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  • Discovering the Impressionists: Paul Durand-Ruel and the New Painting

    Philadelphia Museum of Art is the only place in the U.S. stop to view this once-in-a-lifetime exhibition

    The Philadelphia Museum of Art welcomes more than 80 Impressionist works of art for the Discovering the Impressionists: Paul Durand-Ruel and the New Painting exhibit.

    June 24 – September 13
    This groundbreaking special exhibition will showcase more than 80 works by Monet, Pissarro, Renoir, Sisley, Degas, Manet and others to trace Parisian art dealer Paul Durand-Ruel’s role in the development of impressionism.

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  • Ink and Gold: Art of the Kano at the
    Philadelphia Museum of Art

    Unprecedented collection of Japanese artwork only on view in Philadelphia

    Birds and Flowers of the Four Seasons, 1550. Kano Motonobu, Japanese, 1477–1559. Ink, color, and gold leaf on paper.

    Open through May 10
    Explore the beautiful works and artistry of Japan’s most influential and enduring school of painters during an exclusive exhibition at the Philadelphia Museum of Art.

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  • The Art of the Brick at the
    Franklin Institute

    Acclaimed art exhibition created entirely from LEGO®

    The Art of the Brick uses only the popular children's toy to recreate famous works of art.

    Open through September 6
    An art exhibition unlike any you’ve ever seen, the The Art of the Brick at the Franklin Institute features the world’s largest collection of art created entirely from the popular toy.

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  • William Glackens at
    the Barnes Foundation

    Comprehensive exhibition of influential painter and friend to Dr. Barnes

    William Glackens. Cape Cod Pier, 1908.

    Open through February 16
    The Barnes Foundation is hosting the first comprehensive survey of painter William Glackens in nearly half a century. William Glackens, brings together more than 90 works from public and private collections throughout the U.S., including paintings and works on paper never before shown in public.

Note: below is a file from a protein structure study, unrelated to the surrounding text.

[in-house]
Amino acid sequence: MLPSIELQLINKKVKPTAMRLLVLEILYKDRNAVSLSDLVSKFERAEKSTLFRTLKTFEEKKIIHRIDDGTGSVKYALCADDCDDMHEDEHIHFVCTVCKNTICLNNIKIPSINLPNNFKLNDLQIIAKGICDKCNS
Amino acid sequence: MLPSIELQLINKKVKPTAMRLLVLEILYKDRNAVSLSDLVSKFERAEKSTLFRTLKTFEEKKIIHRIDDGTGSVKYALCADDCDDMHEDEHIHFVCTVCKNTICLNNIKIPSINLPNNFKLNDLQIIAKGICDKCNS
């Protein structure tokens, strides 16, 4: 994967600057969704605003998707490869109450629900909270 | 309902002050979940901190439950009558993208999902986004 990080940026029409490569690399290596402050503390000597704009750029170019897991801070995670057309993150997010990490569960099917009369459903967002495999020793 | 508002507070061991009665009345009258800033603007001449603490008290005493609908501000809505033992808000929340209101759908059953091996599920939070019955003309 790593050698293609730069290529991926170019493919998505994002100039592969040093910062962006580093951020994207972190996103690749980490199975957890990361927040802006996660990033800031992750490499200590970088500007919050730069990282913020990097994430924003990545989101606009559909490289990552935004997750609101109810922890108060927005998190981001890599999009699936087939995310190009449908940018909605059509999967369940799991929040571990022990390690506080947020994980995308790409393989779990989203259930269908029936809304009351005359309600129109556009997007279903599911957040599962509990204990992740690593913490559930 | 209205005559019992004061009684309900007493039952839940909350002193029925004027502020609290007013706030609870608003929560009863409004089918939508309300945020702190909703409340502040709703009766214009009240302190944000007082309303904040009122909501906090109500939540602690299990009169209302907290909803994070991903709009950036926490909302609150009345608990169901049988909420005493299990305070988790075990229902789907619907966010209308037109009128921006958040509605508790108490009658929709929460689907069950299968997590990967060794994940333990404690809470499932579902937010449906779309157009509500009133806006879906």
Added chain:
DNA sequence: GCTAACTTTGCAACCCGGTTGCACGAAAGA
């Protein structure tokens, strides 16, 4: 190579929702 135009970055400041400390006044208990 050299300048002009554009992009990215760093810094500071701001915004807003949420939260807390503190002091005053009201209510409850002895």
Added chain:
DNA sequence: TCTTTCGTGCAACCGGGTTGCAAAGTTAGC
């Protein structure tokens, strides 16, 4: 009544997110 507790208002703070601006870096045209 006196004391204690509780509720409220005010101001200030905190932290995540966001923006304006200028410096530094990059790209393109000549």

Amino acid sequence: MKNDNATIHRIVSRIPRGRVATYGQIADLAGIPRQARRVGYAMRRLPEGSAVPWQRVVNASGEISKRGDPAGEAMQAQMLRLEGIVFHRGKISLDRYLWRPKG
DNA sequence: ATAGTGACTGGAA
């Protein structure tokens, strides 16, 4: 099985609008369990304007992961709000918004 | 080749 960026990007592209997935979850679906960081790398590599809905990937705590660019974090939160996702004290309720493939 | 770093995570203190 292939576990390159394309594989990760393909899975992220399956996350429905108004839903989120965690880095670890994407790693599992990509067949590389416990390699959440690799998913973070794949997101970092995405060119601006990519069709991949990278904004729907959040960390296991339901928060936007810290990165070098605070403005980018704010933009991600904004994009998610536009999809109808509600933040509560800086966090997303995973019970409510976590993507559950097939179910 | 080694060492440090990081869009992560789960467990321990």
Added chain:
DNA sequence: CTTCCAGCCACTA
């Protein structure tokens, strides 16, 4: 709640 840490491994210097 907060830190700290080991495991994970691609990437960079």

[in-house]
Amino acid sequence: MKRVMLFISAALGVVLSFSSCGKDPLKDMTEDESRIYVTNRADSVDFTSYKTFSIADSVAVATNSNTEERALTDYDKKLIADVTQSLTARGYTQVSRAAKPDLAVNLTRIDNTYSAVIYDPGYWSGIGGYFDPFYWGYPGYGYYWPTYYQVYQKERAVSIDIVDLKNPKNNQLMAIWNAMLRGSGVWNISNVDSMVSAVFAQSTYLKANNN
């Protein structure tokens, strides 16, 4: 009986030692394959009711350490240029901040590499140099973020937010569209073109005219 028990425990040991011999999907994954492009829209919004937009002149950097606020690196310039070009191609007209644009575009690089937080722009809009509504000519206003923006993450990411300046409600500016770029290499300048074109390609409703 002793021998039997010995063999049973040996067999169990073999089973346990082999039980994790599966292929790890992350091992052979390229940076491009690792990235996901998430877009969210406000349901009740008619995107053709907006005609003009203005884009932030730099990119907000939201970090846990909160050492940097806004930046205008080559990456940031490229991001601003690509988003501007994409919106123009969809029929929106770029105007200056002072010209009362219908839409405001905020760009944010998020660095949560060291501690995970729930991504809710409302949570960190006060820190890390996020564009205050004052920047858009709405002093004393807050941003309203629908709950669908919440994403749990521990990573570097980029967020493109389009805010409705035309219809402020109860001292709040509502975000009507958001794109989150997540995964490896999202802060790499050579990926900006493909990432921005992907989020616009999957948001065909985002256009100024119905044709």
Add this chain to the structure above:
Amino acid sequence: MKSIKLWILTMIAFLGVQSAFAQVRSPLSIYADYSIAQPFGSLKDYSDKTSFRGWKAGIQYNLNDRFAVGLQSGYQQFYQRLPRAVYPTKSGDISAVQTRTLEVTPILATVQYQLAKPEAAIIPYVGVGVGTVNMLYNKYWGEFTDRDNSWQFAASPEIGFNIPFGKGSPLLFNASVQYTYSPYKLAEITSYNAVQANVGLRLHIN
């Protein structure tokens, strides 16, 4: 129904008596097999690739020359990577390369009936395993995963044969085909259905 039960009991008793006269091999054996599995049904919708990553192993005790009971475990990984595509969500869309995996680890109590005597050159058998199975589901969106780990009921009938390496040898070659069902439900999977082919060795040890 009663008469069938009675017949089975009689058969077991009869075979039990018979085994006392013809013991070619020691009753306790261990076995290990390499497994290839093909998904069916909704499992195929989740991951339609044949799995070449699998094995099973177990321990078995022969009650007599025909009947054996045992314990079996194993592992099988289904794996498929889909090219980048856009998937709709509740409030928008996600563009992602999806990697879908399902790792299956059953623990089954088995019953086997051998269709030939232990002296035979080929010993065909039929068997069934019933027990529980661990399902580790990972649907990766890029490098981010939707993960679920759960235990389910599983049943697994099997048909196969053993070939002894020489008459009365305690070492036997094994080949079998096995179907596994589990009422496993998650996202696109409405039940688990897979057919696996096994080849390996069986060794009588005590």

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  • Body Worlds: Animal Inside Out at the Franklin Institute

    A striking and rare look at the anatomy of the animal kingdom

    The Franklin Institute is the only East Coast stop for Body Worlds: Animal Inside Out

    Open through April 12
    Get a literal look inside the animal kingdom as Body Worlds returns to the Franklin Institute. Housed in the new Nicholas and Athena Karabots Pavilion, Body Worlds: Animal Inside Out features a rare and unprecedented view of the anatomy of nature with more than 100 specimens including sharks, goats, ostriches, a giraffe and even a giant squid.

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  • Cézanne Uncovered: Two Sketches Revealed Through Conservation at The Barnes Foundation

    Never-before-seen sketches on view for a limited time

    Verso: Houses in Landscape with the Pilon du Roi, undated. Graphite on laid paper, Sheet: 12 3/16 x 18 11/16 in. (31 x 47.5 cm). BF655.

    April 10 – May 18
    Two unfinished sketches by Paul Cézanne, discovered on the reverse sides of two existing Cézanne watercolors, will be on display at The Barnes Foundation from April 10 to May 18.

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  • Creating Camelot: The Kennedy Photography Of Jacques Lowe at the National Constitution Center

    Intimate images of the Kennedy family

    Photojournalist Jacques Lowe was President John F. Kennedy’s personal photographer, and this remarkable exhibition of photographs offers a rarely seen look at President Kennedy, his wife, Jacqueline, and their children.

    Open through September 7
    This February, one of American history’s most compelling figures will be explored in the exhibition Creating Camelot: The Kennedy Photography of Jacques Lowe, a collection of rarely seen photographs of President Kennedy, his wife and their children.

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  • Future Sensations at The Oval

    The only U.S. stop for this traveling exhibition highlighting science, storytelling and art

    Future Sensations will offer visitors an interactive, sensory experience at The Oval.

    May 30 – June 6
    Take a sensory journey into the future at The Oval this spring during the never-before-seen traveling exhibition Future Sensations by Saint-Gobain, one of the world’s largest building materials companies.

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  • Horace Pippin: The Way I See It at the Brandywine River Museum of Art

    The first major Pippin exhibition in the U.S. in two decades

    The Brandywine River Museum of Art will feature more than 60 works that capture Pippin’s bold, colorful and candid paintings reflecting life in the African- American community and commenting on race, religion, war and history.

    April 25-July 19
    Horace Pippin: The Way I See It at the Brandywine River Museum of Art will be the first major exhibition of the artist’s works in the country in more than 20 years. It will feature more than 60 works reflecting life in the African-American community.